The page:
‘Evening with Ken Burns’ champions Humanities efforts


Courtesy/Jason Kolnos

Professor Gary Bouchard interviews award-winning filmmaker Ken Burns

Award-winning documentary filmmaker Ken Burns paid a visit to Saint Anselm College on Sat. May 1 to host “An Evening with Ken Burns”. 

The program included a gala and conversation about our shared humanity and acted as a celebration for the establishment of the permanent home for the Gregory J. Grappone ’04 Humanities Center. The College will be renovating the Print Shop behind Alumni Hall in the Fall of 2022 to become the Center’s home on campus. Burns, who is known for his documentary storytelling on American History, is currently serving as the Honorary Chair of the Campaign to establish the Gregory J. Grappone ’04 Humanities Institute. 

Preceding the gala, James Maloney ‘24 sat down with Ken Burns for a conversation on Burns’ career and its relationship to the humanities that will be released as a part of the ‘Humanity Examined’ podcast series. During his conversation with Maloney, Burns revealed that he “always wanted to be a filmmaker- a storyteller” and that he didn’t realize his interest in American History until college. While he might not have realized his passion for American History until later in life, he was well aware of the emotional impact that filmmaking can have on a person, after seeing his father cry for the first time while watching the film “Odd Man Out”.

Courtesy/Jason Kolnos

At one point during their discussion, Maloney asked Burns about his experience with working with PBS, and the impact that his work has had on our education systems, as his series “The Vietnam War” is played in classrooms across America. Burns stated that one perk of working with PBS is that there are, “no commercials! And everything published is the Director’s Cut, because I am an independent producer.”

When speaking about the role of his films in education, Burns noted that “education is the frontline of the most important aspect of how we stitch ourselves together as a society… visual aids can invite people to the table, but the book is still the more important tool.” Burns continued on to mention the impact his high school history teacher had by teaching through storytelling. Burns considers himself to be a storyteller, not an educator, saying that “all of us are lit by the fire of a good story”.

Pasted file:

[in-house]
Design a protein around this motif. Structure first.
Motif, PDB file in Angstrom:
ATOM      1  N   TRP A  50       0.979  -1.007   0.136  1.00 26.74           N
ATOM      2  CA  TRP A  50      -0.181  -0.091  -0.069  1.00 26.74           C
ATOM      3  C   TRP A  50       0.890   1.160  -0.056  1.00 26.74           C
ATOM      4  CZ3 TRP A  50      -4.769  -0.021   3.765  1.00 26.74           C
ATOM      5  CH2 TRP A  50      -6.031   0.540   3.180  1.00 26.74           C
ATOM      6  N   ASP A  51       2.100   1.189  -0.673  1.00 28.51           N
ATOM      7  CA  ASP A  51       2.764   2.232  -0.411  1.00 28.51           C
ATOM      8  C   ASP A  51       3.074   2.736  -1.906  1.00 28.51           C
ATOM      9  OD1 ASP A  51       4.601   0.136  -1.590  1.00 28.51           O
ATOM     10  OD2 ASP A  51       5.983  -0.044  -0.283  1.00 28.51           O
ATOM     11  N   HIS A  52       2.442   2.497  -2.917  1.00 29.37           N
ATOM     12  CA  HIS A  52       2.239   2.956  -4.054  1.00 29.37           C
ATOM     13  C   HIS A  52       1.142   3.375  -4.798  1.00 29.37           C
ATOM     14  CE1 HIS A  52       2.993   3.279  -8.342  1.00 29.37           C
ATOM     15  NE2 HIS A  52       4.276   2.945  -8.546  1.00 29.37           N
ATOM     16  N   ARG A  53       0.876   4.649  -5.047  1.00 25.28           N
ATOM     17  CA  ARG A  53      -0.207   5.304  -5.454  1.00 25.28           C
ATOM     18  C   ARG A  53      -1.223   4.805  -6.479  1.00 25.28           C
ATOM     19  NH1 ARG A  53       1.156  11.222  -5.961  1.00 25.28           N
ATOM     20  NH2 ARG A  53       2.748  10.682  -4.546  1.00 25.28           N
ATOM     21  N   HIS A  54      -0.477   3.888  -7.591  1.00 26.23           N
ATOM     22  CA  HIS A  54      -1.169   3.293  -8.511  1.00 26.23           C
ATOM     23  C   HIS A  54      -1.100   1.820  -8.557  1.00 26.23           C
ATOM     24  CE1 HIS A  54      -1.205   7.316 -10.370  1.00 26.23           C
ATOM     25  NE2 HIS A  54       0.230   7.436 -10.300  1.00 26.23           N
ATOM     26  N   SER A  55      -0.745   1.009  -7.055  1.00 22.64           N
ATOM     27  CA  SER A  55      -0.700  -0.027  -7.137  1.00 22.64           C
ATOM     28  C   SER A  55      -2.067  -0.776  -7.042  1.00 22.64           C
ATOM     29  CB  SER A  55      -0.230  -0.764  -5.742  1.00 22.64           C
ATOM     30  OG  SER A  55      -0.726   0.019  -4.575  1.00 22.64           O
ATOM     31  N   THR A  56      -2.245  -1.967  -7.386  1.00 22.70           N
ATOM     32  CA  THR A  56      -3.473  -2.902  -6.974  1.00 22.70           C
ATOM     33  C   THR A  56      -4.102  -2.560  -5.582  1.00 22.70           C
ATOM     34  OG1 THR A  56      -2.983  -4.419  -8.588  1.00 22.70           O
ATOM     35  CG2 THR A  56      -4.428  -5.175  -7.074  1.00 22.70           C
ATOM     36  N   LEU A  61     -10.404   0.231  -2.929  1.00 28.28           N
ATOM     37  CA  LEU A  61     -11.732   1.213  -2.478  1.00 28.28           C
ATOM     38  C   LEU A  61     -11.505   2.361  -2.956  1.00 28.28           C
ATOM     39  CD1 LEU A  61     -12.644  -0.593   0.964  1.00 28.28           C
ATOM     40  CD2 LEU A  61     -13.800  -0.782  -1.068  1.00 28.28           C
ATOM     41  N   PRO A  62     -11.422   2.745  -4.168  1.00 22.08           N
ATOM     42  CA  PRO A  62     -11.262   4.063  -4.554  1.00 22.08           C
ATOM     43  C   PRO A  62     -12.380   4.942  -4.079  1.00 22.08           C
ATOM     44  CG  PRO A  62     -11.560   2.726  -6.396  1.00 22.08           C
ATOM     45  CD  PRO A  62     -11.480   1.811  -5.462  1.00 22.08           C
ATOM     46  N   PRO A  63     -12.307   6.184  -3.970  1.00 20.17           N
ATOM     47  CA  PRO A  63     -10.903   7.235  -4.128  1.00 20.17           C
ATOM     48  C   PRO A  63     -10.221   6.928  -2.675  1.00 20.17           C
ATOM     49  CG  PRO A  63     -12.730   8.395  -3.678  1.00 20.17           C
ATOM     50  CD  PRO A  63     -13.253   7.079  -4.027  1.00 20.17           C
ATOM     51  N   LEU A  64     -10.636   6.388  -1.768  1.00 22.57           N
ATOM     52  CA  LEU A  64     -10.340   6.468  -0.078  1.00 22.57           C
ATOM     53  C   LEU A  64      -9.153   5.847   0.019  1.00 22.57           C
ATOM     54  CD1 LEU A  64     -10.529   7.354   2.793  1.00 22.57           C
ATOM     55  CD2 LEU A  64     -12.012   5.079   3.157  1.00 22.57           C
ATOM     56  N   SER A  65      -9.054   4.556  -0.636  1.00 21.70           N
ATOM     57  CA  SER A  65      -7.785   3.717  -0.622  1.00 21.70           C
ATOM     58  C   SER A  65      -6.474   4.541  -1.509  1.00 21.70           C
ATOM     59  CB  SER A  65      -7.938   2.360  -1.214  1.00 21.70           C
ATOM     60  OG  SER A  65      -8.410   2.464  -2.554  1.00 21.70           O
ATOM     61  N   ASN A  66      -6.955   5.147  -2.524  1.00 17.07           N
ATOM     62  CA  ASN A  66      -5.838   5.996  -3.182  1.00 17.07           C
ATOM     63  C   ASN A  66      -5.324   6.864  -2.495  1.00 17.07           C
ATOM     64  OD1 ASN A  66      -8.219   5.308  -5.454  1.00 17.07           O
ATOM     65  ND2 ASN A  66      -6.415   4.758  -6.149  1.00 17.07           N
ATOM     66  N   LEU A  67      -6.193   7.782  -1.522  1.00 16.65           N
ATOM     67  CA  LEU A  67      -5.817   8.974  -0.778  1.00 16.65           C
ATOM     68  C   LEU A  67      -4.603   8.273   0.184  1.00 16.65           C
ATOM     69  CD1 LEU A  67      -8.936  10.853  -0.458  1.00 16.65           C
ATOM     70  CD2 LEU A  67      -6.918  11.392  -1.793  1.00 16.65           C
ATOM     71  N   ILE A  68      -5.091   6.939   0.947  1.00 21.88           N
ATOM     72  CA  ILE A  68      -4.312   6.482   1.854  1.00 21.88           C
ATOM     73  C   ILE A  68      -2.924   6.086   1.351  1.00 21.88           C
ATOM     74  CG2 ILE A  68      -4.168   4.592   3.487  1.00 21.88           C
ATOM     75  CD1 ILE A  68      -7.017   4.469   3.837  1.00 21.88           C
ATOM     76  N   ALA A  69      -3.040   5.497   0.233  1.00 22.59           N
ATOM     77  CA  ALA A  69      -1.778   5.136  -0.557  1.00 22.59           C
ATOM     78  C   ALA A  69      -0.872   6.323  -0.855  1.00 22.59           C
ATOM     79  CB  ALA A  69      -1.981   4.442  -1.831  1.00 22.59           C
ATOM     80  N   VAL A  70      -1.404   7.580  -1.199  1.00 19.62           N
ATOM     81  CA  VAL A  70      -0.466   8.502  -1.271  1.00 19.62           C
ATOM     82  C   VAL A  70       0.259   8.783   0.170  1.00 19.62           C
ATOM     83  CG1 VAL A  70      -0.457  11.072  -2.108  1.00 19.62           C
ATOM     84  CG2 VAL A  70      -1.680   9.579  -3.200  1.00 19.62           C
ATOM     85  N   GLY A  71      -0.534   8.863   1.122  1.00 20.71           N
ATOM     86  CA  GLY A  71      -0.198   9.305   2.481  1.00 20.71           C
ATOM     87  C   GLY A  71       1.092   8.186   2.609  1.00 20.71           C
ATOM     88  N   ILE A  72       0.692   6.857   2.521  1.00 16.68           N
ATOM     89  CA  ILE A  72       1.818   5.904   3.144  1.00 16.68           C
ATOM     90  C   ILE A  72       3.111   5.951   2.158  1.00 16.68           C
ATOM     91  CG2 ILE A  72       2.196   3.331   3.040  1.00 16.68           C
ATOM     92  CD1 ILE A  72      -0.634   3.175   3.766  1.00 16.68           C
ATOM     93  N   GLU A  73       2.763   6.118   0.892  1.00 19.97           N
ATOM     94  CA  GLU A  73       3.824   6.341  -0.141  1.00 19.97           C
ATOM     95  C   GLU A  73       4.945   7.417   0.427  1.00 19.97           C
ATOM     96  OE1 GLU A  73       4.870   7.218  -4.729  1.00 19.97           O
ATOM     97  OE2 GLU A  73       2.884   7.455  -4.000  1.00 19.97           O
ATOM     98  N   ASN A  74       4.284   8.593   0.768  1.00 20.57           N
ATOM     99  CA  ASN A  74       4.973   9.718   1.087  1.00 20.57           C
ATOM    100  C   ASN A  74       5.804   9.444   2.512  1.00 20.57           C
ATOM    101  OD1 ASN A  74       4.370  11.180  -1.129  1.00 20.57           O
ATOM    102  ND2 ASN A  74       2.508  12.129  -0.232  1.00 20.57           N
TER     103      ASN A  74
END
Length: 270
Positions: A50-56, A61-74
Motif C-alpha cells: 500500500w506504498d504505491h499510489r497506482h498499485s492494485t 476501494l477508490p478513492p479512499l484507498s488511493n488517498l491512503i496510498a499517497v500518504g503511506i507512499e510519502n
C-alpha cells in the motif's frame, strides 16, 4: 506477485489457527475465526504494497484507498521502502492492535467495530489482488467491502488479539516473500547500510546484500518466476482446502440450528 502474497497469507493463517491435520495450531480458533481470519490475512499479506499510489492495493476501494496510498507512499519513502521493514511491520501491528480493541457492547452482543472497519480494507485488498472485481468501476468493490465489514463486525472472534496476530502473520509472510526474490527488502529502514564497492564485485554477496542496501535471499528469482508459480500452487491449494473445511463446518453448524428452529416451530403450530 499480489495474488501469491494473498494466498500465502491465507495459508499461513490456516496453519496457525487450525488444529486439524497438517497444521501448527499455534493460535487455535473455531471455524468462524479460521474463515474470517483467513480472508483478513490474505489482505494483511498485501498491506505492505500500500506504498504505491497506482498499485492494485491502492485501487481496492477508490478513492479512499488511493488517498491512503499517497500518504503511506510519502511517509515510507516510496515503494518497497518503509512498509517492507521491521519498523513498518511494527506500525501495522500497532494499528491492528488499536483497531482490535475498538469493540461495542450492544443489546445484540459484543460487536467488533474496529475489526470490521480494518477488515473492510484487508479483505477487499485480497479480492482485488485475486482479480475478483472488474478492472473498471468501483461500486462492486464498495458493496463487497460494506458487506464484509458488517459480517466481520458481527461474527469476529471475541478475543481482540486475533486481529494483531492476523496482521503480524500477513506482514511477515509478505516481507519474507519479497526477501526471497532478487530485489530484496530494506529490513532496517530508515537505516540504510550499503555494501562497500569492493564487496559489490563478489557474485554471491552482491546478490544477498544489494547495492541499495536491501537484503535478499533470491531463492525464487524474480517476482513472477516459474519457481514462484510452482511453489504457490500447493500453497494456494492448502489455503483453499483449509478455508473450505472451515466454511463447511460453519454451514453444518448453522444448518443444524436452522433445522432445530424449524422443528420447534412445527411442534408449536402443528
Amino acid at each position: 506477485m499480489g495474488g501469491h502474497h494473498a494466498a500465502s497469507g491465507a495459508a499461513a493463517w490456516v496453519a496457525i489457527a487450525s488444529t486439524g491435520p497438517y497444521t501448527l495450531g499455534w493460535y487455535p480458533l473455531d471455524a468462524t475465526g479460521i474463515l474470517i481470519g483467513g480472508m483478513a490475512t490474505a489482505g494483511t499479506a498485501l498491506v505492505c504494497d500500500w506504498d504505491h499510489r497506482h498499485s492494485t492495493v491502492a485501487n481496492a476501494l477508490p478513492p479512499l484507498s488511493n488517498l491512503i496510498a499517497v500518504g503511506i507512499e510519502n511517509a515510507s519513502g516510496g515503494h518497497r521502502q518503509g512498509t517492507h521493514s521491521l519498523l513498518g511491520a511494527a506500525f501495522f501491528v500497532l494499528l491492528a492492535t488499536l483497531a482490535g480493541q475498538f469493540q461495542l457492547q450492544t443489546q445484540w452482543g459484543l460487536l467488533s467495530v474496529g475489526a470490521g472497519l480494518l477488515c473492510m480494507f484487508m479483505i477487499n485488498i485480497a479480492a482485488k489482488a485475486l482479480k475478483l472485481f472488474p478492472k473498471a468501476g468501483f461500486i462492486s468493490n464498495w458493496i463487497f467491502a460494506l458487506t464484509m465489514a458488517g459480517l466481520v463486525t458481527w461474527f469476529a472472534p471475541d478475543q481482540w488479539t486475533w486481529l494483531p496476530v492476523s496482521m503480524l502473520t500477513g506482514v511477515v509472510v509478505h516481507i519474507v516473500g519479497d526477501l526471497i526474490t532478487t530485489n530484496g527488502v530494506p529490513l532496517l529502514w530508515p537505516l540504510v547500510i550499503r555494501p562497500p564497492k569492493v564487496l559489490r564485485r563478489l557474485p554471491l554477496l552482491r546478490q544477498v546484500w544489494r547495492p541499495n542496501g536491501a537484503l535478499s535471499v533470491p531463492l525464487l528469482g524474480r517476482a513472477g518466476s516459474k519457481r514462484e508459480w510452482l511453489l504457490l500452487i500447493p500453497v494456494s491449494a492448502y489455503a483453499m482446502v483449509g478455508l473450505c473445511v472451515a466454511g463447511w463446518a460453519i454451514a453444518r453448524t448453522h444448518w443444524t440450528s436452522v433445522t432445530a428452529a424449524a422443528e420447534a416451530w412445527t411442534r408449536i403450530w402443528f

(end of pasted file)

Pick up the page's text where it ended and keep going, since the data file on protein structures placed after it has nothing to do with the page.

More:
The recently released documentary ‘Benjamin Franklin’ (April 2022) was one of the main focuses of the conversation. In a time when people are entranced by social media and endless scrolling, Maloney asked, “what would Ben Franklin think about social media?”. To which Burns replied, “he was social media.” 

While Franklin was not tweeting about his day-to-day life, he was deeply involved in many areas of communication at the time. Burns explained, “he was a printer, publisher, newspaperman, and postmaster.” He also posed his theories of what Benjamin Franklin would say if he was alive today. “I think he would remind us that the worldwide web is simultaneously beneficial and a trap,” said Burns.

English Professor and Executive Director of the Gregory J. Grappone of ’04 Humanities Center, Gary Bouchard was thrilled to have the opportunity to host Burns. “Having Ken come to campus to see firsthand the work we are doing to build the Grappone Humanities Institute was so edifying. He was generous and authentic with everyone, and his willingness to sit down and record the Humanity Examined podcast with James Maloney was so gracious,” said Bouchard.

Professor Bouchard referred to his conversation with Ken as a “highlight in [his] life” and a “memorable moment in the College’s history. “It was not a conversation most people expected to hear because we really spoke about Ken’s heart and soul, what he values and believes most deeply, and what he regards as essential to living the good life. The questions I asked of Ken are the same ones that students confront all year long in Conversatio and throughout their Saint Anselm career. He answered with honesty and eloquence that really impacted many people deeply,” he continued.

Riley Buchanan, a sophomore marketing major, serves as the Assistant to the Director for the Humanities Institute and was on the Campaign Steering Committee for the Ken Burns event. Buchanan described that day as a “memorable whirlwind” as she met Ken Burns during the podcast recording and during the gala. She stated that the conversation between Bouchard and Burns was her favorite part of the entire day. “I could have listened to them talk all day; it was such an inspiring and engaging conversation,” she said.

Fellow sophomore James Maloney was also enlightened by his conversations with Ken Burns, especially when interviewing him for the Humanities Examined podcast. Maloney said that he admired how Burns did not just focus on his work exclusively but connected everything back to humanities. “He didn’t waste a single moment, and every experience he shared carried so much weight and insight,” said Maloney.

Professor Bouchard explained that the event was a “peak of celebration and affirmation of our purpose and vision” and accredited its success to all of the hearts and hands that contributed to the 16-month-long capital campaign. “Now it’s on to the building of a beautiful home where hundreds of experiences like April 30th will continue for decades!”